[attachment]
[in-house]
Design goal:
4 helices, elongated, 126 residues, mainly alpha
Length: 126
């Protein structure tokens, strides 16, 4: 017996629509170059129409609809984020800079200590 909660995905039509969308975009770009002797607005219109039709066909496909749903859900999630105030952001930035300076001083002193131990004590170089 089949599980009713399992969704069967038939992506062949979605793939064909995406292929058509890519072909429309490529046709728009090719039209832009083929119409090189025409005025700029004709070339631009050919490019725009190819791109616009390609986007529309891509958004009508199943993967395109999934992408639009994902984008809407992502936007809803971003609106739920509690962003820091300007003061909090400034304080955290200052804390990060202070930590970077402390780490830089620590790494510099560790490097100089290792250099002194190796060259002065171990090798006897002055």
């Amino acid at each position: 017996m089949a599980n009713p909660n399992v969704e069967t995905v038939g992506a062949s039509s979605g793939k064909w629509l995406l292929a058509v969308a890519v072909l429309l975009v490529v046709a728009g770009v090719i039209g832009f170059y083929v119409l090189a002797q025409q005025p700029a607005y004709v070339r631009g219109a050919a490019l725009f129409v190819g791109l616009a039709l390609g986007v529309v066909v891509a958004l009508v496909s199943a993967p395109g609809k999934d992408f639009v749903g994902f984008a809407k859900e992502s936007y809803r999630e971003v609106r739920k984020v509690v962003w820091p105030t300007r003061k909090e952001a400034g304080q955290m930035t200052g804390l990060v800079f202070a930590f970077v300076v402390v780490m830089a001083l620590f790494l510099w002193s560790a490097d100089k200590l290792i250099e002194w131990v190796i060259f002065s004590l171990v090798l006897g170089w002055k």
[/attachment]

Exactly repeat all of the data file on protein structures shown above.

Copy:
[in-house]
Design goal:
4 helices, elongated, 126 residues, mainly alpha
Length: 126
């Protein structure tokens, strides 16, 4: 017996629509170059129409609809984020800079200590 909660995905039509969308975009770009002797607005219109039709066909496909749903859900999630105030952001930035300076001083002193131990004590170089 089949599980009713399992969704069967038939992506062949979605793939064909995406292929058509890519072909429309490529046709728009090719039209832009083929119409090189025409005025700029004709070339631009050919490019725009190819791109616009390609986007529309891509958004009508199943993967395109999934992408639009994902984008809407992502936007809803971003609106739920509690962003820091300007003061909090400034304080955290200052804390990060202070930590970077402390780490830089620590790494510099560790490097100089290792250099002194190796060259002065171990090798006897002055």
């Amino acid at each position: 017996m089949a599980n009713p909660n399992v969704e069967t995905v038939g992506a062949s039509s979605g793939k064909w629509l995406l292929a058509v969308a890519v072909l429309l975009v490529v046709a728009g770009v090719i039209g832009f170059y083929v119409l090189a002797q025409q005025p700029a607005y004709v070339r631009g219109a050919a490019l725009f129409v190819g791109l616009a039709l390609g986007v529309v066909v891509a958004l009508v496909s199943a993967p395109g609809k999934d992408f639009v749903g994902f984008a809407k859900e992502s936007y809803r999630e971003v609106r739920k984020v509690v962003w820091p105030t300007r003061k909090e952001a400034g304080q955290m930035t200052g804390l990060v800079f202070a930590f970077v300076v402390v780490m830089a001083l620590f790494l510099w002193s560790a490097d100089k200590l290792i250099e002194w131990v190796i060259f002065s004590l171990v090798l006897g170089w002055k």